Chapter 7 bankruptcy and carve-out agreements

| May 31, 2016 | Chapter 7 Bankruptcy |

Many Texans struggle with debt levels that have become simply unmanageable. When people are struggling, they may also be facing foreclosure actions in addition to being unable to pay their unsecured debts. This combination of factors may lead them to consider filing Chapter 7 bankruptcy.

Chapter 7 bankruptcy may be a good option for people who need relief from their unsecured debts. The chapter may not be appropriate for those who are going through foreclosure, however. When a bankruptcy petition is filed, an automatic stay is issued by the bankruptcy court, which directs all creditors to cease any collection activity during the bankruptcy proceeding. Creditors may apply for relief from the bankruptcy court through the trustee.

Some mortgage lenders may ask for relief through a carve-out. This is an option in which the lender will ask that the trustee liquidates the property that secures its interest. In exchange, the lender agrees that the trustee can use a portion of the proceeds netted from the sale to pay some of the unsecured creditors as well. While this may not be an option that a particular lender might take, people need to be aware that it is a possibility if they are facing foreclosure, especially if the property they own has a significant portion of equity.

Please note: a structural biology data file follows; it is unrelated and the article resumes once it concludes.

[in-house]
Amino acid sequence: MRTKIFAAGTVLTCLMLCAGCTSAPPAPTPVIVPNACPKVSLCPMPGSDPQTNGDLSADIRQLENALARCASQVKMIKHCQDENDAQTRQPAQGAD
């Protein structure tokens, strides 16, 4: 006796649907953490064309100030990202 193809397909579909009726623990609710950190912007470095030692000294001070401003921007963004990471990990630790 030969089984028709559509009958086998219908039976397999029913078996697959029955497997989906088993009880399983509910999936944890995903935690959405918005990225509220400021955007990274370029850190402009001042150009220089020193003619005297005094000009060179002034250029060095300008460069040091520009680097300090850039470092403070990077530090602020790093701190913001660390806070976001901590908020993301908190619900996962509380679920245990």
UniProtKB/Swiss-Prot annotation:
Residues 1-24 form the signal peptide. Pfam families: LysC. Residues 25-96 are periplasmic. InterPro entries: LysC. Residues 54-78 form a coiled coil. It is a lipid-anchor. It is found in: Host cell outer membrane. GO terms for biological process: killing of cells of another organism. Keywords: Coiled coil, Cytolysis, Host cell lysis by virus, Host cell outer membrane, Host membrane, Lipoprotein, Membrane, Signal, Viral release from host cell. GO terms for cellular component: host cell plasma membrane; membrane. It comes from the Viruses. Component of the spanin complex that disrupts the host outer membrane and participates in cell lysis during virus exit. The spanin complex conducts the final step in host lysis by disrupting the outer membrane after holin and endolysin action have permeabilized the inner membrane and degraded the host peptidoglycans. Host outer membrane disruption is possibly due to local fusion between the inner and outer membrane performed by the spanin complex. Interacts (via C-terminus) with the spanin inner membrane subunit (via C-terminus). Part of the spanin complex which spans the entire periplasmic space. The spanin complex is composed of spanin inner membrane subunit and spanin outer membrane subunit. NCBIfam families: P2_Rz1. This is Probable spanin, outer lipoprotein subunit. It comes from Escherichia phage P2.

Chapter 7 bankruptcy can be a good way for people to eliminate debt. Not all debts will be eliminated through this type of bankruptcy, however. If people are eligible, they may want to talk to their bankruptcy lawyers about the possibility of filing Chapter 13 bankruptcy in the event they are facing foreclosure proceedings. Chapter 13 may give debtors the ability to catch up their payments over a repayment plan period lasting up to five years. This might better help people to save their homes.